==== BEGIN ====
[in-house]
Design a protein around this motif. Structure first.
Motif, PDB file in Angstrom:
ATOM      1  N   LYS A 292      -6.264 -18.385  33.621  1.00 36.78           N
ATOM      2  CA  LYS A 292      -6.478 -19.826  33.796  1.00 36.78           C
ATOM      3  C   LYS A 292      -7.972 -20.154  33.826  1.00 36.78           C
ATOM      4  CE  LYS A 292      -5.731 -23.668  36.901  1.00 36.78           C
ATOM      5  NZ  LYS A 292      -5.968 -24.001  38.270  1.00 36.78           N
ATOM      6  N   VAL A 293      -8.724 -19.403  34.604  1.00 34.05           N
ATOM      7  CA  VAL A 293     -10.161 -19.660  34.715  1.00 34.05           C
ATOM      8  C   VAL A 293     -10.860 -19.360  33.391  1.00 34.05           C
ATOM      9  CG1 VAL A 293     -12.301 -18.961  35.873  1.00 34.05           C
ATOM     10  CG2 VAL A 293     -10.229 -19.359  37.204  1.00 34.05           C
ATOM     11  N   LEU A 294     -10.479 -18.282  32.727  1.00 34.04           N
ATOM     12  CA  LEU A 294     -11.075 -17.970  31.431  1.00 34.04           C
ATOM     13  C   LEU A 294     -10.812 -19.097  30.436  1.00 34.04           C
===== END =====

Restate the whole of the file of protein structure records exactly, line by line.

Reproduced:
[in-house]
Design a protein around this motif. Structure first.
Motif, PDB file in Angstrom:
ATOM      1  N   LYS A 292      -6.264 -18.385  33.621  1.00 36.78           N
ATOM      2  CA  LYS A 292      -6.478 -19.826  33.796  1.00 36.78           C
ATOM      3  C   LYS A 292      -7.972 -20.154  33.826  1.00 36.78           C
ATOM      4  CE  LYS A 292      -5.731 -23.668  36.901  1.00 36.78           C
ATOM      5  NZ  LYS A 292      -5.968 -24.001  38.270  1.00 36.78           N
ATOM      6  N   VAL A 293      -8.724 -19.403  34.604  1.00 34.05           N
ATOM      7  CA  VAL A 293     -10.161 -19.660  34.715  1.00 34.05           C
ATOM      8  C   VAL A 293     -10.860 -19.360  33.391  1.00 34.05           C
ATOM      9  CG1 VAL A 293     -12.301 -18.961  35.873  1.00 34.05           C
ATOM     10  CG2 VAL A 293     -10.229 -19.359  37.204  1.00 34.05           C
ATOM     11  N   LEU A 294     -10.479 -18.282  32.727  1.00 34.04           N
ATOM     12  CA  LEU A 294     -11.075 -17.970  31.431  1.00 34.04           C
ATOM     13  C   LEU A 294     -10.812 -19.097  30.436  1.00 34.04           C